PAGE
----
SIT IN VIRASANA on your nonskid mat or a chair (Figure 15.10). Place your hands in front of your face with your palms facing you. Bring the outer edges of the hands together, so the fifth fingers are touching. Now lean forward and put your hands on the floor, with the fingers facing toward you, the insides of the wrists pointing away, and the palms flat on the floor. The cubital fossa of the elbow is facing outward, and the olecranon is facing toward you; the thumbs are on the outside, fifth fingers on the inside.

Now lean back, as if to sit in Virasana, while keeping your hands on the floor. This will cause a strong stretch of your flexors. Hold the stretch for 3 to 5 breaths, rest, and then repeat.



Applied Practice 2: Stretching the Extensors of the Wrist

Prop: 1 nonskid mat or a chair

Take Care: Avoid this pose if it causes pain in the wrist.

THIS MAY seem a little complicated but it is worth the trouble. Begin by sitting in a comfortable position with your arms straight in front of you (shoulder flexion). Cross your left wrist over your right. Now turn your palms so they are facing each other and pressed together, and interlock your fingers (Figure 15.11). Be sure to keep your palms firmly together.

Inhale, and as you exhale, pull up and backwards on your left hand, so you can see the back of that hand completely and it moves closer to your face. You will likely feel a strong but pleasant stretch in the extensors of your right forearm. To increase that stretch, keep the traction of the stretch and internally rotate your right arm, so the back of your right hand faces the floor. Remember to breathe while you practice. Repeat twice on each side.

For Teaching

Applied Teaching 1: Hand Position in Adho Mukha Vrksasana

Prop: 1 nonskid mat

Take Care: Avoid this pose during pregnancy or menstruation; if you have glaucoma, retinal problems, hiatal hernia, or a wrist injury; or if you are more than thirty pounds overweight.

MANY STUDENTS are taught to flatten the palm against the floor when they practice Adho Mukha Vrksasana (Figure 15.12). But that may not be the healthiest position. To under-stand why, first note that the foot has three main arches to facilitate weight bearing. It makes sense then that, especially for a structure that is not normally weight bearing, like the wrist, it would be beneficial to create an arch there as well.



Have your student try this experiment. Ask her to get down onto her hands and knees on the mat and place her palms flat on the floor, directly under her shoulders, and then lean forward. She will very likely feel some compression in the extensor side of her wrists. After releasing this attempt, ask her to place her hands on the mat once again and then slide back the tips of her fingers slightly, to create an arch in the palm. Have her lean forward. The weight will now be disbursed throughout her hand, and her wrist will feel much better.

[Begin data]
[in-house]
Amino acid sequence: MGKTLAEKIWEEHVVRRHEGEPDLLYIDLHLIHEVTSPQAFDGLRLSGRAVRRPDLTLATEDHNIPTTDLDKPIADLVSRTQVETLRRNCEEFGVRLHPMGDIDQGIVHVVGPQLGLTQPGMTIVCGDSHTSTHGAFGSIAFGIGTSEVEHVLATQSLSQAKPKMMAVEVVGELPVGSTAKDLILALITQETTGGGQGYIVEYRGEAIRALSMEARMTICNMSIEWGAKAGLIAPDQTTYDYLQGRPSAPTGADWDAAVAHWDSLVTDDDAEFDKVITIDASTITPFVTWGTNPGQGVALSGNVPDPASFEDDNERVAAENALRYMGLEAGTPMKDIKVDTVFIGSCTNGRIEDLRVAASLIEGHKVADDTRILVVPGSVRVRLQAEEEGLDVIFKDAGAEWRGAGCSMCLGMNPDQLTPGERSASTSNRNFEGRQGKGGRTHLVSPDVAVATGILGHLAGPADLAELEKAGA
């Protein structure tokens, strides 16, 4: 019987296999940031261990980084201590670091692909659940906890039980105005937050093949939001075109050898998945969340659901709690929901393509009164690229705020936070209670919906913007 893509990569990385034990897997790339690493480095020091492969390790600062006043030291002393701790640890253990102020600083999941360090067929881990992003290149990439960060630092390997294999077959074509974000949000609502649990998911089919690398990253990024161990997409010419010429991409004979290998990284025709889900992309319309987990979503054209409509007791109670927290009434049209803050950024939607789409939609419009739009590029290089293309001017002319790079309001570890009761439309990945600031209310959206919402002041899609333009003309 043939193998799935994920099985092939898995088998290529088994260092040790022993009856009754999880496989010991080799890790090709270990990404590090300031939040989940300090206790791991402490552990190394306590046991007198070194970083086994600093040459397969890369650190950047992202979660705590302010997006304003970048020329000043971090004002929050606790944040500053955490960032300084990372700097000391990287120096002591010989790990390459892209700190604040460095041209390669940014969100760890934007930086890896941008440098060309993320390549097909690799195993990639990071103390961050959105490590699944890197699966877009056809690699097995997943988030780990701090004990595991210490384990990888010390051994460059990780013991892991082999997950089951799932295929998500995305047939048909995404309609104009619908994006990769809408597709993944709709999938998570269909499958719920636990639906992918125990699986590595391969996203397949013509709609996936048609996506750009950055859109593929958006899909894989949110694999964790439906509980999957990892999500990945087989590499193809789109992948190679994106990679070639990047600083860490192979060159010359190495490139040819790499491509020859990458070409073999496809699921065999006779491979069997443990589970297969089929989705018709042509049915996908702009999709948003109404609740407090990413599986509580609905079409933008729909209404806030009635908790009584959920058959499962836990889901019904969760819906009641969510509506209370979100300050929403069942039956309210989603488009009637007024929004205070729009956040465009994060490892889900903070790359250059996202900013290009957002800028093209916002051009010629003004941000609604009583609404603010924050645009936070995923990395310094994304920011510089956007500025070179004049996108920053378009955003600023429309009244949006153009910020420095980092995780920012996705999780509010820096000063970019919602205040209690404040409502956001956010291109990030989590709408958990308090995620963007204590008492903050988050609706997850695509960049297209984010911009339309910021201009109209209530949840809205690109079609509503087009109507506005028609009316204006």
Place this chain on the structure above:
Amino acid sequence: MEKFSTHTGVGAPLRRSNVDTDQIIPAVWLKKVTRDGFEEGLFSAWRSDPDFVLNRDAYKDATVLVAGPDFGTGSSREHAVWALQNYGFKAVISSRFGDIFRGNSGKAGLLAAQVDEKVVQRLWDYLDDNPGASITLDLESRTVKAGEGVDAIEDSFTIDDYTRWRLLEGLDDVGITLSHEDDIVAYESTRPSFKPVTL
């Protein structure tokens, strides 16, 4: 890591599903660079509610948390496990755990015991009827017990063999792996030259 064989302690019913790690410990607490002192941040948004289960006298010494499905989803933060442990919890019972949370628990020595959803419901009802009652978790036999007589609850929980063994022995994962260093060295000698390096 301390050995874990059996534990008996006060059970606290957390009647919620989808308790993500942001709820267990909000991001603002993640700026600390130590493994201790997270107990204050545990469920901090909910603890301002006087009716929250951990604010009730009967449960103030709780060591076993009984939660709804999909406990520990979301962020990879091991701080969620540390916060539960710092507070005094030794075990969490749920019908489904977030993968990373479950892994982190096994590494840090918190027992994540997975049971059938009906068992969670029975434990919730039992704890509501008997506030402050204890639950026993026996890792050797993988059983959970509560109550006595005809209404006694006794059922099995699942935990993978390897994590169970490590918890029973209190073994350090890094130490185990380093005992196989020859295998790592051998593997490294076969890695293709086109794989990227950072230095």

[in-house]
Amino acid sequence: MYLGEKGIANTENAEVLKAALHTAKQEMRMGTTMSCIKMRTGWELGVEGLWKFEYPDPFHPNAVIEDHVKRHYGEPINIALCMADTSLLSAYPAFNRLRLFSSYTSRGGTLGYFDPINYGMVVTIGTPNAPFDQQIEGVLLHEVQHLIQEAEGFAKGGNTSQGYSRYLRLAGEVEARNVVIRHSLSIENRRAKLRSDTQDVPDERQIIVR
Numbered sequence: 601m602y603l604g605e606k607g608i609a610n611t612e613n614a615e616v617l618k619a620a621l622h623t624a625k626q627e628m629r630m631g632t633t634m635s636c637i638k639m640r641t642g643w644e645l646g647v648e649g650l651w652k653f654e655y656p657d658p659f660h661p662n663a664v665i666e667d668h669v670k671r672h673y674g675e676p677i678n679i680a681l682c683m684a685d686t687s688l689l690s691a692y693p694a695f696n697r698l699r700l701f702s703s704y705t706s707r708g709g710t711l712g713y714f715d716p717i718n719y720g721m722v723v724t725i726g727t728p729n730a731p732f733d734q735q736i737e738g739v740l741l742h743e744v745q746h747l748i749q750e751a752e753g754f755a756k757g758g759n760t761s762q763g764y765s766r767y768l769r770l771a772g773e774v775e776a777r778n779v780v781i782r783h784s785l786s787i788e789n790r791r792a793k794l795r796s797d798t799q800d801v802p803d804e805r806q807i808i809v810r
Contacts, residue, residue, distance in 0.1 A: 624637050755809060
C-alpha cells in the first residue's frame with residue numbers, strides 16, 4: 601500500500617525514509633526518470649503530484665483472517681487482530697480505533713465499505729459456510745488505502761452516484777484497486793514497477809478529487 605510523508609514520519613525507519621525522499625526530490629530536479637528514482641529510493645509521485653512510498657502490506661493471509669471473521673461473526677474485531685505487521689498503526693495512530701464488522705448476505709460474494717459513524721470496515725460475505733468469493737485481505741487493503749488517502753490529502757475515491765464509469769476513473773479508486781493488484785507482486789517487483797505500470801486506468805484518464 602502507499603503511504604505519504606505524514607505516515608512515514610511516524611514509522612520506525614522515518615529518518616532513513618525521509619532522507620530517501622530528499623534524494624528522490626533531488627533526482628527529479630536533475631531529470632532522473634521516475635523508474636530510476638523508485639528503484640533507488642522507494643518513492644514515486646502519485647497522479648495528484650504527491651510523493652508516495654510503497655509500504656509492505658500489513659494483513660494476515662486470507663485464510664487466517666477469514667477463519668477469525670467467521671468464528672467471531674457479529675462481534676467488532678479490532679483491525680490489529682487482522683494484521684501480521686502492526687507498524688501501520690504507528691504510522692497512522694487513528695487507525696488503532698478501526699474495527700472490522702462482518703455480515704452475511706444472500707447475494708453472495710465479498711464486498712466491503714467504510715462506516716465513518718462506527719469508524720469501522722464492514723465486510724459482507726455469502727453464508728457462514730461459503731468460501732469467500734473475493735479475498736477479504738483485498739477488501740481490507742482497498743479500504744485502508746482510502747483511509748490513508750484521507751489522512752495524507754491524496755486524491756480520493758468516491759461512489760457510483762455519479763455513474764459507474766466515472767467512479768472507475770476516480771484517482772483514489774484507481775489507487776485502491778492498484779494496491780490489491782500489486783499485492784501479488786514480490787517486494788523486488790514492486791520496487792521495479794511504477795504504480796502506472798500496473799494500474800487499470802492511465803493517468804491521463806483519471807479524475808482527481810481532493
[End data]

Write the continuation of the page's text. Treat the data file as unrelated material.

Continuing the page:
In this position, the edges of the hand are touching the floor, but the middle of the palm is not. This position will protect the wrist as well as engage the intrinsic muscles of the fingers and hand in a way that adds support to the area. Now have her move her mat to the wall and try Adho Mukha Vrksasana to experience the pose with weight bearing on the edges of the hand and an inner arch.



Applied Teaching 2: Reverse Namaste Mudra

Prop: 1 nonskid mat

Take Care: Avoid this pose if you have a wrist injury.

HAVE YOUR STUDENT practice Tadasana on a nonskid mat. Instruct him to abduct his right arm and bring it behind his back. Suggest that he reach across with his left hand to help move the right hand and arm up the back. Now bring the left hand onto the back. With an exhalation, have him slide both hands up his back near the spinal column, with the palms facing outward. With an exhalation, have him externally rotate his upper arms, drop the elbows and shoulder blades, and then slowly turn his hands and press them, palm to palm, in the Namaste mudra. Hold for several breaths, release, and repeat.


A mudra is a seal that is intended to hold or direct energy in the body. The next time you teach Savasana, have your students take Gyan mudra. First suggest that your students have their arms out to the side in a comfortable position, with the palms turned upward. Now practice the mudra by placing the tip of the index finger just at the base of the distal phalangeal joint of the thumb, so the index finger is caught by the natural curve of the thumb as the hand relaxes in the pose. There should be no effort expended in keeping the mudra. The hand continues to be at ease, with the other fingers gently curled. In this mudra, the index finger represents the individual, and the thumb represents the universal. This mudra expresses their union and serves to bring attention inward in the pose.